Periodic Fever, Aphthous stomatitis, Pharyngitis and Adenitis (PFAPA)
This condition was first described in 1987 in otherwise healthy American children. Since then it has been diagnosed most frequently in children of European ancestry, and affects boys and girls equally.
The cause is unknown. But up to 1 in 5 of the children who fulfil the criteria for this condition have been found to carry a known fever gene mutation.
Symptoms usually start at around age 2, and include recurrent fever with one of the following:
- mouth ulcers
- swollen glands in the neck
- sore throat
Children are completely well between attacks, and there are no signs of respiratory infection during the attacks.
As in all the inherited fever syndromes there are raised levels of inflammatory markers.
Attacks are often extremely regular, and parents may learn to plan around them in advance, often knowing exactly when an attack will occur.
Doctors must rule out recurrent infections, and problems with white cells levels, which can cause similar symptoms.
The treatment for this condition is corticosteroids, given by mouth. When given at the start of an attack, the effect is dramatic, as the attack is usually completely prevented. There is some evidence that tonsillectomy can cure this syndrome, especially in children with persistently enlarged tonsils. In some cases long term colchicine, given by mouth, can be very helpful in reducing or preventing attacks. Most children outgrow the symptoms of this condition within a decade.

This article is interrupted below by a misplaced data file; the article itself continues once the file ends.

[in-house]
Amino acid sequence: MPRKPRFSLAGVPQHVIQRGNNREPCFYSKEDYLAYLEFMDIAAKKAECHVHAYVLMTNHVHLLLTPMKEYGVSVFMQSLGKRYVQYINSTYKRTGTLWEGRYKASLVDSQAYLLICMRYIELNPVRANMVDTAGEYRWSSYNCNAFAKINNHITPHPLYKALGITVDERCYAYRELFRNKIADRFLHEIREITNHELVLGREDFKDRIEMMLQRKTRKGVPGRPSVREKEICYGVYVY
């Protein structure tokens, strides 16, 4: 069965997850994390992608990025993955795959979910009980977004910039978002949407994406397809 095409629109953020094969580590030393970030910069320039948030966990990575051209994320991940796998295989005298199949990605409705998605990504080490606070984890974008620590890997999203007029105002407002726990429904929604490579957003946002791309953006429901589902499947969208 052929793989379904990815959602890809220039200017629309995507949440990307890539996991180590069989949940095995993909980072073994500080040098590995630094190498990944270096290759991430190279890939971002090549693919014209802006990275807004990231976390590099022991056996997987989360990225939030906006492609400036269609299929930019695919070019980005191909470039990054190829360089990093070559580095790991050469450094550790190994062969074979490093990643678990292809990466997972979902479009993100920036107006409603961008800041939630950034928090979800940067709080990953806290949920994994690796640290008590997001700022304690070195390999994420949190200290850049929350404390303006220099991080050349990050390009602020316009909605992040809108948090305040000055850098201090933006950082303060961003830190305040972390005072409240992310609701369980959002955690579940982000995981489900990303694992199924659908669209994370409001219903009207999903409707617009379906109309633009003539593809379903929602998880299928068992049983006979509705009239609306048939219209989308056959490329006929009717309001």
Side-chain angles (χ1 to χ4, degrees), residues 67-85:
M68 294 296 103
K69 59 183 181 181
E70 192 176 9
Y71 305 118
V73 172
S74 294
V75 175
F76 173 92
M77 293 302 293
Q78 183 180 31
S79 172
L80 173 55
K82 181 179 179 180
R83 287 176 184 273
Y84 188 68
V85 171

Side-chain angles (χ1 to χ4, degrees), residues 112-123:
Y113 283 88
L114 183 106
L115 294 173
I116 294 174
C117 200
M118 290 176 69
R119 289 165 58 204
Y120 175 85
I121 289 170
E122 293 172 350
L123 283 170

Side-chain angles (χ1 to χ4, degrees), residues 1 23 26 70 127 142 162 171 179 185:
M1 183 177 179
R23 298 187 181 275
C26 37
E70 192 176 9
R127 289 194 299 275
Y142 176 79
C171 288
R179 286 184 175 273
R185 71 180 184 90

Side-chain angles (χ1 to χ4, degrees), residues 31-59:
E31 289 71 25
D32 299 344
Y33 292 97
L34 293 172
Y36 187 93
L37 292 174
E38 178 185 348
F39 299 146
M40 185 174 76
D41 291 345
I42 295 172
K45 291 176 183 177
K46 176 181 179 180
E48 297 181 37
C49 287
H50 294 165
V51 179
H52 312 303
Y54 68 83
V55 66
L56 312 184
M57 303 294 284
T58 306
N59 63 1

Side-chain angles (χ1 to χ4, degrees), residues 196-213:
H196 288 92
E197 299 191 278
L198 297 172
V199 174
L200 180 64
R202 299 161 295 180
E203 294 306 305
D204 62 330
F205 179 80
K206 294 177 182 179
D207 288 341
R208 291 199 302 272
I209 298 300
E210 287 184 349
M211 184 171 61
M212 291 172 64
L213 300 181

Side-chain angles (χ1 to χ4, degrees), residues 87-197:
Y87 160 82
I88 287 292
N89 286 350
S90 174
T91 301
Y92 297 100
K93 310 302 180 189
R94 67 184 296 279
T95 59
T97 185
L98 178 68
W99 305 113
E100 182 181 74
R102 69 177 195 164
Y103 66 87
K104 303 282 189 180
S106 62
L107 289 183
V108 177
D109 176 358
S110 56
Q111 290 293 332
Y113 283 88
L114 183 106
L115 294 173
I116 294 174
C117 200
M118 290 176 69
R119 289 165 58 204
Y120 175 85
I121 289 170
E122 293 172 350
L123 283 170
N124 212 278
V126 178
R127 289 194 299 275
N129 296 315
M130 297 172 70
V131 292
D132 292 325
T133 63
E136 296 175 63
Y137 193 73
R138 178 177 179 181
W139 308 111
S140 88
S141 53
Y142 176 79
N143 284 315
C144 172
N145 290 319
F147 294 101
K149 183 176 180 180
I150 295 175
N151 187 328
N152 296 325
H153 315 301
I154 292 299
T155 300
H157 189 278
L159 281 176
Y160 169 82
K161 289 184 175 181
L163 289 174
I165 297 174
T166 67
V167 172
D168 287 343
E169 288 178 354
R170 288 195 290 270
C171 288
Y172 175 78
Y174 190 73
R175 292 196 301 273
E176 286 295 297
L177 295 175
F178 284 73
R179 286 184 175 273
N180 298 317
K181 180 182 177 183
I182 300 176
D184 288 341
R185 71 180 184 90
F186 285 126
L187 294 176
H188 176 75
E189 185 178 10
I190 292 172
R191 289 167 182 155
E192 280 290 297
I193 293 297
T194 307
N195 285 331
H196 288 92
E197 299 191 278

This rare condition was first described in 1974. The cause is unknown.
Symptoms usually start in middle age, but may, rarely, appear in younger adults. It is commoner in men than in women, and most common in Caucasians.
- attacks of fever
- recurrent urticarial rash
- joint pain and swelling
- swollen neck glands
Blood tests show signs of inflammation and increased quantities of a particular type of antibody produced by immune cells called plasma cells. This is known as a monoclonal gammopathy. Most patients do well over time, but some go on to develop plasma cell malignancy.
Drugs which block the inflammatory protein, IL-1 appear promising for treating this condition, although this is an off license use. These include:
Anakinra has to be given at home every day, and Canakinumab is given every month.
The side effects of these drugs include:
- skin redness at the injection site, in some people
- increased risk of infection.
In general the infections reported have been mild but all patients should be screened for tuberculosis and asked about a history of other infections before starting such drugs.